TVNZ reported two previous deaths of keepers at animal parks in New Zealand in recent years, one caused by a white tiger in 2009 and the other by an elephant in 2012.


RE: Bigcats News - Apollo - 09-23-2015

Tigress gone astray is 30km from city

 An adult tigress is hardly a leap away from Lucknow. The two-day old pugmarks found in Jagdishpur village in Sandila have confirmed presence of the feline about 30km from the city.

No fresh pugmarks were found on Monday. According to forest officers, it's the same tigress which got localised in Katri, a patch of forest along the Ganga river in Unnao last winter. Since that area is now submerged with rainwater, the tigress has moved out of the patch.

Forest department has yet to start a trap-and-rescue operation for the big cat though range officers are visiting the spots to confirm the feline's presence as and when alerted by locals.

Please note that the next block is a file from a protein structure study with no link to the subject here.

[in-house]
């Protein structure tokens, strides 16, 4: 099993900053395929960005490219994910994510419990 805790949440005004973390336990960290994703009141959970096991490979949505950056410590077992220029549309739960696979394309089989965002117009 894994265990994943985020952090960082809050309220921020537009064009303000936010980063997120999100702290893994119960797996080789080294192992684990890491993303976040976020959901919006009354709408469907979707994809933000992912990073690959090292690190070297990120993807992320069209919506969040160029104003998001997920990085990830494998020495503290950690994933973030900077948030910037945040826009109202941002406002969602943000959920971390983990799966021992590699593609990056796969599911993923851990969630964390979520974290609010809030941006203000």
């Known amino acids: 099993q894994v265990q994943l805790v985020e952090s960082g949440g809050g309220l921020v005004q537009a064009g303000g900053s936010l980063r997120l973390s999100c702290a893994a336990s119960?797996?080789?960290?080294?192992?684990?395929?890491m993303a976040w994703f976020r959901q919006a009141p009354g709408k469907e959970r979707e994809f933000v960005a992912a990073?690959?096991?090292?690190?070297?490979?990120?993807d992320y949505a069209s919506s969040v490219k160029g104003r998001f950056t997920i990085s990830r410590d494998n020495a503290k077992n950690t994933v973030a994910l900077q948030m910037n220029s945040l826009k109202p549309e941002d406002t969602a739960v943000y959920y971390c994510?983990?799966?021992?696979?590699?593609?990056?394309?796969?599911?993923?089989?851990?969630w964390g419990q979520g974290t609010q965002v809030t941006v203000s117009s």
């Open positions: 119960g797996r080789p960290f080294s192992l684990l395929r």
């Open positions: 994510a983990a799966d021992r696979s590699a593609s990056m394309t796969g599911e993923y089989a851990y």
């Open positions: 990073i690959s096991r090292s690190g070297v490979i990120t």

Tracing the pugmarks, an officer said the big cat first went towards the east of Katri forest but not finding a conducive habitat there turned towards Hardoi. "Given the forest patches in Rahmankhera and its vicinity, the feline is sure to find its way to Lucknow, if not checked," said sources.

So far, no untoward incident has been reported. But, like last year, forest officers are reaching the spot of pugmarks after the big cat has moved out of the area.

The tigress was hardly a year-and-half old when it ventured out of the forest and lost its way towards Lucknow in October last year. It did not react to any action of the department including use of bait or installing cage and remained on the move.

"Now, it is a full grown tigress and its movement needs to be checked," said sources.

Last year, it never showed up and was elusive. It was killing smaller animals and eating the entire 10 to 12 kgs of kill, reason the trackers did not find any kill from the site of pugmarks or close to it.

The tigress all through its stay in Lucknow's Maal-Malihabad-Kakori belt and then in Unnao never attacked anybody. It has never been spotted but only captured on camera installed in Katri forest.